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Assessment of Soil Health in Urban Agriculture: Soil Enzymes and Microbial Properties

The addition of organic fertilizers tended to increase most enzyme activities and available nutrients in the soils, as compared to that of inorganic fertilizers

By Avanthi Deshani Igalavithana, Sang Soo Lee, Nabeel Khan Niazi, Young-Han Lee, Kye Hoon Kim, Jeoung-Hun Park, Deok Hyun Moon, and Yong Sik Ok
Feb 20, 2017


Urban agriculture has been recently highlighted with the increased importance for recreation in modern society; however, soil quality and public health may not be guaranteed because of continuous exposure to various pollutants. The objective of this study was to evaluate the soil quality of urban agriculture by soil microbial assessments. Two independent variables, organic and inorganic fertilizers, were considered. The activities of soil enzymes including dehydrogenase, ?-glucosidase, arylsulfatase, urease, alkaline and acid phosphatases were used as indicators of important microbial mediated functions and the soil chemical properties were measured in the soils applied with organic or inorganic fertilizer for 10 years. Fatty acid methyl ester analysis was applied to determine the soil microbial community composition.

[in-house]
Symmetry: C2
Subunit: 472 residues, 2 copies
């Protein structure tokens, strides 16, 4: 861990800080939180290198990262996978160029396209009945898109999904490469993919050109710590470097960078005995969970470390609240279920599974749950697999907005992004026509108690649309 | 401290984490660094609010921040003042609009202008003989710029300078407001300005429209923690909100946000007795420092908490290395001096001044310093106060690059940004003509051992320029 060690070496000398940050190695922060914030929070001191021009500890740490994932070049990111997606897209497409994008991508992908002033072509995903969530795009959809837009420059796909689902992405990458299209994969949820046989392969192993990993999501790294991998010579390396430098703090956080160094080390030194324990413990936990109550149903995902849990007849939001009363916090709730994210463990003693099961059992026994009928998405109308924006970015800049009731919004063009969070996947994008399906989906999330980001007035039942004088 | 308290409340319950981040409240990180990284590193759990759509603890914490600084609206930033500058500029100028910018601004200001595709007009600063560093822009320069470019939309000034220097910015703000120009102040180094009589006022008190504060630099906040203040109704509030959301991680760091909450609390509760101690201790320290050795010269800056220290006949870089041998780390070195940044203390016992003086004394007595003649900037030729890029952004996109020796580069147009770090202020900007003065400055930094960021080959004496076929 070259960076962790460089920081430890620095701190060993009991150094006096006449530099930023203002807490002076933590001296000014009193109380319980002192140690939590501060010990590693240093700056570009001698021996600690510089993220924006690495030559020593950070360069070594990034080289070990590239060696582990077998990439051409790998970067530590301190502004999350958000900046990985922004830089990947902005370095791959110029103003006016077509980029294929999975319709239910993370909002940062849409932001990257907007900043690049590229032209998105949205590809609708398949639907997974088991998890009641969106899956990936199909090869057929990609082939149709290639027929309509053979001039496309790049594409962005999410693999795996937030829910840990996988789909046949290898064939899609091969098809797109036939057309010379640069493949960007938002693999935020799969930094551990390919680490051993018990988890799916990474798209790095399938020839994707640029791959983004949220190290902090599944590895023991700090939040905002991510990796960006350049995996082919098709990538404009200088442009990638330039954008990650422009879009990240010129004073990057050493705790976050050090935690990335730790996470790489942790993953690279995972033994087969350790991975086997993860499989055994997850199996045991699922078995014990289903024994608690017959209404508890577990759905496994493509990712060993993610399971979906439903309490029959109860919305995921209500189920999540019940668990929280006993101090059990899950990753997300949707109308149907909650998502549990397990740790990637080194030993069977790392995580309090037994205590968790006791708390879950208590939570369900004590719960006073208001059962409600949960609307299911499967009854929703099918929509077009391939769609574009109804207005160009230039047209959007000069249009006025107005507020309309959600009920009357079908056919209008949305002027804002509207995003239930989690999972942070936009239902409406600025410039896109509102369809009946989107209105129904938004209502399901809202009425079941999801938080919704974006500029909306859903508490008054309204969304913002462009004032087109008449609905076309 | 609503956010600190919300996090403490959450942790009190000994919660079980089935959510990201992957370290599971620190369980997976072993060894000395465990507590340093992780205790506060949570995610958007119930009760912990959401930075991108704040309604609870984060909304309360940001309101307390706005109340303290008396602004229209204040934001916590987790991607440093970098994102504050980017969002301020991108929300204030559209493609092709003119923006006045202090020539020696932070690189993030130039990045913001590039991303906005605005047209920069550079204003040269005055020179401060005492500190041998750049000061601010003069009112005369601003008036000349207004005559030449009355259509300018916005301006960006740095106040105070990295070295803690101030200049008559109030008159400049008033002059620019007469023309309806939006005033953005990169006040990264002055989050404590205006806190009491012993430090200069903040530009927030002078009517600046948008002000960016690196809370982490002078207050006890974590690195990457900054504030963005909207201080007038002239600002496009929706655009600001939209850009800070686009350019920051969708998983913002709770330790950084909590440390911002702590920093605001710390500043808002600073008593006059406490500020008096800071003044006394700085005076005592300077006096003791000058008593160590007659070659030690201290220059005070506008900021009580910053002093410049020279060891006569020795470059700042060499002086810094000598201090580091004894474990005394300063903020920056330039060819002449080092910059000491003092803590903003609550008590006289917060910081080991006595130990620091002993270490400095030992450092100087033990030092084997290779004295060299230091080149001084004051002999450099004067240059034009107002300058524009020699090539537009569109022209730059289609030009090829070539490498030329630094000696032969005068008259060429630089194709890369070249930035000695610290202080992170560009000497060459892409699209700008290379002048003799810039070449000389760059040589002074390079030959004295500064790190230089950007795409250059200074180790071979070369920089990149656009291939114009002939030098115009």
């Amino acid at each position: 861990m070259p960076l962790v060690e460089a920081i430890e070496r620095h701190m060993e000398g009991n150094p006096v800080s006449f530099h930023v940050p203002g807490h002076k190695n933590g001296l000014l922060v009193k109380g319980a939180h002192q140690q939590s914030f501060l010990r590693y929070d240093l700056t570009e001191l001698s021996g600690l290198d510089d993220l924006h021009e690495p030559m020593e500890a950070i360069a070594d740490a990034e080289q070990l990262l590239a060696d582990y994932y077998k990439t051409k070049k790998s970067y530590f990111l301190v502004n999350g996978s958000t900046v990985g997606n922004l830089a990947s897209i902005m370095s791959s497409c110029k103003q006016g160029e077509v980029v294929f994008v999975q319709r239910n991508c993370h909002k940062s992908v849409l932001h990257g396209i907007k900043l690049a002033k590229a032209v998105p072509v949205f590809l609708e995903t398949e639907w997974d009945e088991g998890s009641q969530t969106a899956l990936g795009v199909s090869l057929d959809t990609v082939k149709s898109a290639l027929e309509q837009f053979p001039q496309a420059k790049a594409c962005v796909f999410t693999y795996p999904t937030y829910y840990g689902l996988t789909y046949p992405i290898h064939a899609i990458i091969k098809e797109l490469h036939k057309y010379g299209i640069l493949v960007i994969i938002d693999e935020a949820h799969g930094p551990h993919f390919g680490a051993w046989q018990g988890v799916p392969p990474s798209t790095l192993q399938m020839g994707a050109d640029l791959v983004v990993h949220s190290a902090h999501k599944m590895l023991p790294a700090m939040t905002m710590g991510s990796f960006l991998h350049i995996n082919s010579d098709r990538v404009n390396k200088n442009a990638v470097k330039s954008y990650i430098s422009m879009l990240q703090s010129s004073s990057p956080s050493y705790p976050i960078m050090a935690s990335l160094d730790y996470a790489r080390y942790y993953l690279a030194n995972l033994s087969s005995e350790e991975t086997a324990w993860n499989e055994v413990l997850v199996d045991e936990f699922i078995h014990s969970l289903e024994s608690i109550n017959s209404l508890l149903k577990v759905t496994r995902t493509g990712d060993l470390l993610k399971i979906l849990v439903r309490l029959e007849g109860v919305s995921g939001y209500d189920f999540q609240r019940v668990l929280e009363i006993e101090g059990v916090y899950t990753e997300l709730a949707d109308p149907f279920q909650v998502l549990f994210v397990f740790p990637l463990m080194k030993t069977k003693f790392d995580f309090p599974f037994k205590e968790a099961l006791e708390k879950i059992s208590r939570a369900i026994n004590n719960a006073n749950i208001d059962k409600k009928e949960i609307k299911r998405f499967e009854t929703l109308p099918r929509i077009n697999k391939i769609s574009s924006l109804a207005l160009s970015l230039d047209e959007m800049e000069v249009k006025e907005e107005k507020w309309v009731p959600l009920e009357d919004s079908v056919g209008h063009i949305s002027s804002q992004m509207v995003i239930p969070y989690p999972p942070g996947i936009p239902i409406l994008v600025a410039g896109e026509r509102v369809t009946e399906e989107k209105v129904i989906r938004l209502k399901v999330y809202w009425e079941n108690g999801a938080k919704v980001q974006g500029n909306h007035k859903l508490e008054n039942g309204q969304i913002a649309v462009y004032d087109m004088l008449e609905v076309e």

Relatively higher microbial community richness and enzyme activities were found in the organic fertilizers applied soils as compared to the inorganic fertilizers applied soils. Principal component analysis explained the positive influence of organic fertilizers on the microbial community. The application of organic fertilizers can be a better alternative compared to inorganic fertilizers for the long-term health and security of urban agriculture.

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